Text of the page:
Category Archives: Making

Geometry, Gothic Architecture, Rose Windows, and Christmas Ornaments

(first published on Needhamia.com in 2007)

I find the rose windows of Gothic cathedrals awe-inspiring. From the rigid formalism of Chartres to the flamboyant explosion of Tours, their marriage of geometry, philosophy, and aesthetics with stone and glass is awesome. Built at a time when science and spirit weren’t as divided as today, each window is a statement of the beauty, order, and harmony in the world. Using only a pair of compasses (dividers) and a straight-edge (an unmarked ruler), the Gothic architects created myriad lace-like designs, making stone hang in the air and glass sing.

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Collaboration is not Part of Making; it’s the Heart of Making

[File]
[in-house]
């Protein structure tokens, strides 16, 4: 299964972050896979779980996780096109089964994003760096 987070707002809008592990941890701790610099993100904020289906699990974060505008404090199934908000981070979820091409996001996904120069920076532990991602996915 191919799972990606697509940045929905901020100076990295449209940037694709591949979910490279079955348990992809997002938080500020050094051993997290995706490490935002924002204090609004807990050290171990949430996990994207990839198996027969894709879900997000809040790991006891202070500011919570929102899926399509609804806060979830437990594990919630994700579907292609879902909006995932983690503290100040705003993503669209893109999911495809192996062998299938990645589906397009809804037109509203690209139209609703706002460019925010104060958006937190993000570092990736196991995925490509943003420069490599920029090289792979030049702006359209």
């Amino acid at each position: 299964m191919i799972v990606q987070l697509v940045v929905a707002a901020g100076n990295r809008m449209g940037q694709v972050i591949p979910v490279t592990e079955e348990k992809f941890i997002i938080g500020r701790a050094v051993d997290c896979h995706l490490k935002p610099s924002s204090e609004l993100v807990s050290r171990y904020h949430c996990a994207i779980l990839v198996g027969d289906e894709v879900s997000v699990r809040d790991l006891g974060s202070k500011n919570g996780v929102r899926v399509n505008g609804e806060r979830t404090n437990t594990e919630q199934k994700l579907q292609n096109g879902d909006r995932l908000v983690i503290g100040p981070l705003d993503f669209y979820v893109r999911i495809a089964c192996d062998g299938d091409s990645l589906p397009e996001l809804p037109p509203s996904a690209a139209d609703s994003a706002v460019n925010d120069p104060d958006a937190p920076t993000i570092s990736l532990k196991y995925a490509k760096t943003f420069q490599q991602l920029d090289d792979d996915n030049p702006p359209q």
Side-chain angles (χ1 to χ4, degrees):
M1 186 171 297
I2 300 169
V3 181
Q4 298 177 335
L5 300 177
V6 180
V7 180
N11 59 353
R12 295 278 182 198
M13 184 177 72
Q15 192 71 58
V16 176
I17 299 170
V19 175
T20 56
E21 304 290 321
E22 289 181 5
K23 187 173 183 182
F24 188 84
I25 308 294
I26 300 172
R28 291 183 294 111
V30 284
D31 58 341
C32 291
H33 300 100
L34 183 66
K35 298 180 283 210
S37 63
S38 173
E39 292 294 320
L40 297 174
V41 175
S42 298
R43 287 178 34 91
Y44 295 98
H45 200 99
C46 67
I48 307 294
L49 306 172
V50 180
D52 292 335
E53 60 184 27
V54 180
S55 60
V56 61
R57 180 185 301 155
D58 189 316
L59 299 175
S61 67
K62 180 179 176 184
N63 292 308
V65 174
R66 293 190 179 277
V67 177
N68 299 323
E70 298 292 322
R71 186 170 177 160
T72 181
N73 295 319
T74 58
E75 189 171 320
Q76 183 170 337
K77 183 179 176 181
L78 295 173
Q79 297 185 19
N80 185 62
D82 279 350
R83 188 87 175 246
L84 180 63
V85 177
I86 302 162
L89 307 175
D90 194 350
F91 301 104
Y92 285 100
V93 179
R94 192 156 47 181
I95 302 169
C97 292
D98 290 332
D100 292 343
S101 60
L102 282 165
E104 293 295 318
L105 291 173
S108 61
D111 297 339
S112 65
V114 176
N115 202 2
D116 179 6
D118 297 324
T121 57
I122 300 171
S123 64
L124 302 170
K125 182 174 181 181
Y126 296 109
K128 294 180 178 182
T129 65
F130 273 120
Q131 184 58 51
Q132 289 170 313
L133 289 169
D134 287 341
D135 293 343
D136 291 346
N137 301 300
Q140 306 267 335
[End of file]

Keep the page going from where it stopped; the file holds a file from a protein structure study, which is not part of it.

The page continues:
This post is about what I’ve learned about Making through the Robotic Glockenspiel project.

Even at the beginning of the project, I was “standing on the shoulders of giants“:

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Cutting and Tuning Robotic Glockenspiel chimes

Cutting Glockenspiel pipes from 1/2" EMT Conduit
Cutting Glockenspiel pipes from 1/2″ EMT Conduit

After a few weeks of experimentation, I think I can now write sensible notes on how to cut and tune the chimes forĀ a glockenspiel (metal xylophone) out of metal conduit. This is the first step of my Robotic Glockenspiel project, which I hope to end with a network-connected, Arduino-controlled set of chimes that can play Christmas carols.

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